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721/The Finale Frontier - Series Finale

Show Outline

I blame my parents

Mabel Buchman, now 23, has made a film out of her family's history - specifically that of her parents Paul and Jamie. It recalls how Paul and Jamie, on their 8th wedding anniversary, find out they're not actually married. It turns out that the guy who married them, Lenny (played by Lyle Lovett), wasn't actually an ordained minister. So to their surprise and horror, they find out they've not actually been married. Mabel then recounts how Paul and Jamie did actually end up getting married by the end of the same day (so they could still have the same anniversary date). Of course, it wasn't as simple as all that.

Mabel also explains further why she is the way she is by showing many situations where Paul and/or Jamie were just a little crazy. Like the time when Jamie was talking to Lisa at the hospital while Paul was having a vasectomy, and by the time Paul comes out Jamie is convinced they've made a mistake. Of course later on when Paul is in having the procedure reversed, Lisa manages to convince Jamie that she's made another mistake.

I don't want to get married

Mabel also documents the reasons why eventually Paul and Jamie seperate. It's an emotional, if not completely explained, tale of miscarriage, and two people growing apart. Yet, Mabel also explains how Paul and Jamie get back together for the last time. It's at the screening of Mabel's film, "Stabbing Bob". Before the film starts, the family (Debbie and Joan, and Ira's family) conspires to have the recently seperated Paul and Jamie sit next to each other. After the film they find out that the magic is still there. So Paul, according to Mabel, moves back in and never leaves again.


Mabel, the director

This patchwork last episode, which was told from the perspective of a grown Mabel, was a fitting way to end the show. It had the same flashback format used by many of the series' better and more memorable episodes (such as #321/Cake Fear and #'s 314 & 315/Mad About You). It kind of bounced all over the place at times, but the occassional breaks for narrative from Mabel helped to keep things fairly well organized.

The adult Mabel is played by Janeane Garofalo. I have to admit when I first saw Jeanne in "Bye, Bye, Love" (a film starring Paul Reiser) I couldn't stand her. Her appearance in "The Cable Guy" (as the waitress at Medival Inn restaurant) didn't really change my opinion of her. But recently I re-watched "Bye, Bye Love" and discovered how dry Janeane's humor was and how funny she is. Now I think she's great, and when I found out she was playing a grown-up Mabel I was really excited about this. Sure enough, Janeane delivers a really wonderful performance. She doesn't do any actual scenes with anyone, instead simply narrating the episode as though it were her latest film - as in Paul's film, "Buchman".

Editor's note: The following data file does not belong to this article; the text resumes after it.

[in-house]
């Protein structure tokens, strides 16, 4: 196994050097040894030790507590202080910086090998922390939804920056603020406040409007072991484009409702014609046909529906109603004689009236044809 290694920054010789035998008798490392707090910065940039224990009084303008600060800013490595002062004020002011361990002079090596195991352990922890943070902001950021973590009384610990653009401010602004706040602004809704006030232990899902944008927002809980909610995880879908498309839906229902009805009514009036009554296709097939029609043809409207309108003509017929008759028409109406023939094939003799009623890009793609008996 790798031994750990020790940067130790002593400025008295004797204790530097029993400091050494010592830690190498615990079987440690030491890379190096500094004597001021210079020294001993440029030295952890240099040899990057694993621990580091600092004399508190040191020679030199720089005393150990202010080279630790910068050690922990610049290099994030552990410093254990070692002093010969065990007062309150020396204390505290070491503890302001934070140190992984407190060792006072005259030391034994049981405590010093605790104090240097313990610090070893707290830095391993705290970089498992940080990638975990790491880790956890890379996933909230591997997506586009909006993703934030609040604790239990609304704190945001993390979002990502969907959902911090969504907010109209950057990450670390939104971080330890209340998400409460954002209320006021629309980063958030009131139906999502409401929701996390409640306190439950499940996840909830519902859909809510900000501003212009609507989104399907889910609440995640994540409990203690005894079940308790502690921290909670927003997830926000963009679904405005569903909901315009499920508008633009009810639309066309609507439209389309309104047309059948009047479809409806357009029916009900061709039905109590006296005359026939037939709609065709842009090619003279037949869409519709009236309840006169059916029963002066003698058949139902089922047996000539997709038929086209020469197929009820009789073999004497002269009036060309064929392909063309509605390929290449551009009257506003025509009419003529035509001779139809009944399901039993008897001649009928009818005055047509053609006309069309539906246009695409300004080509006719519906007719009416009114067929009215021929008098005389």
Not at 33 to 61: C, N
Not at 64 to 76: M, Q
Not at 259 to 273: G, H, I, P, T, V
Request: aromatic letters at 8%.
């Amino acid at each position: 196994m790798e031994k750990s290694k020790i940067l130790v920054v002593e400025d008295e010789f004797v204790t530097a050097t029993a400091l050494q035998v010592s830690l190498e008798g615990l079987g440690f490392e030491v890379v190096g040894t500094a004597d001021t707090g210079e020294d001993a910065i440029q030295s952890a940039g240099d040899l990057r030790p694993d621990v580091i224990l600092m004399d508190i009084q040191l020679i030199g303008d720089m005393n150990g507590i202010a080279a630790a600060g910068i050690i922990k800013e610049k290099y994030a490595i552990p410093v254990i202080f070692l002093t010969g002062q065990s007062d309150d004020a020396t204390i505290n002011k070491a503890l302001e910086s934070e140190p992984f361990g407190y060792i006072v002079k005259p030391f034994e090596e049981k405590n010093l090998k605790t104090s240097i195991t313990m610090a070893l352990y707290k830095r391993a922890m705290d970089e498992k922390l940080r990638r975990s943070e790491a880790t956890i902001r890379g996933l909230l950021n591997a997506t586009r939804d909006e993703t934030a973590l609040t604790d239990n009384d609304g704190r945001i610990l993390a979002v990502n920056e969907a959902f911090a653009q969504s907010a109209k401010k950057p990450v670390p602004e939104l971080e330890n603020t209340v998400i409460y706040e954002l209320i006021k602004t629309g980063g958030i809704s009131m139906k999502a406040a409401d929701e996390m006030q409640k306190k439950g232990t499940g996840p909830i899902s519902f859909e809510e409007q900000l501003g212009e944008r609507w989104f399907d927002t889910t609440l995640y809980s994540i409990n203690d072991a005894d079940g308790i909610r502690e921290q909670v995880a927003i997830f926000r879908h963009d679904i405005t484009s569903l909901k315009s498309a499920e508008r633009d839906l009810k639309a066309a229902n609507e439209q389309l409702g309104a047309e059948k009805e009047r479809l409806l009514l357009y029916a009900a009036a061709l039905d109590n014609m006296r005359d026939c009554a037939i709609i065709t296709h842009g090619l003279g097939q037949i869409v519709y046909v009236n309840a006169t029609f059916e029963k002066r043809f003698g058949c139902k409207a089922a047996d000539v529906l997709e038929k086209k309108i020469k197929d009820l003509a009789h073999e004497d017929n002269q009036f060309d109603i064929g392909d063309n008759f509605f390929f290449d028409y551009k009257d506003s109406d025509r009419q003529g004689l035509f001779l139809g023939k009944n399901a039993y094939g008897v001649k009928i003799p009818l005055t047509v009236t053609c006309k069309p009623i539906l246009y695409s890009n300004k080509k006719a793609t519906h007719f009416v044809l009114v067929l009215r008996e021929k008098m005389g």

As an episode, outside of it being the last for Mad About You, it succeeds on many levels. The plot has a reason and somewhere to go. It weaves, loosely, in and out of itself filling in somewhat things we the viewer would have wondered about. It included many funny moments of the kind that attracted us to loving this series. It also had a few very touching moments which were not overdone (the short scene in the elevator after Burt's funeral was truly great). The montage scene towards the end was especially moving. Rarely has Helen Hunt looked more beautiful than she did in the "home movies" of the montage. Anyone who didn't feel like giving their significant other a hug, or a kiss, or at least a call, didn't see the same show I did. On it's own this episode gets a very solid 9.5.

Missing Burt

Sure my rating is biased. It's virtually impossible to run a site like this without leaning towards seeing the good in the show. So, I like to think the show ended on a high note. How many series have tried to see the characters 10-20 years down the road without making those awful "reunion" shows to capitalize on the lingering popularity of a show? Few, very few. I can't actually think of one off-hand. Mad About You does and I'm very thankful to Paul and Helen for seeing to this. Helen stated prior to the Academy Awards ceremony that the last episode of Mad About You was going to be something really unique and memorable and I'm glad she delivered on her promise. It was a great ending.

Do I have any complaints about this one? Only two really. First, if you didn't know Paul and Jamie had a kid it would have been hard to get into this episode. We're asked to project 22 years into the future and see a kid, who's now grown up, looking back on parents and their influence on her. We see only glimpses of her over the last two years and now Mabel's flashbacks are the central point of the show. A bit of a stretch, but nitpicking to be sure. In truth this episode worked, no matter how it was approached.

My second complaint is also a minor one. I thought the scene in the movie theater, after Mabel's movie, where Paul and Jamie end up kissing and re-discovering their love, was a bit too contrived. Simply, more nitpicking, forgive me.

The end of the episode was a nice touch. In it Mabel gives a little bit of "where are they now"-type update of each of the characters. And the last line in the show might have been a mushy cliche' on most shows, but for Mad About You, "And these two, if you'll pardon the expression, lived happily ever after", was perfect. I applaude everyone on the show, for giving us 7 years of wonderful television. Through the highs, and the lows, Mad About You has always been a show worth watching. "Thank you for a wonderful engagement!"

Thanks for a wonderful engagement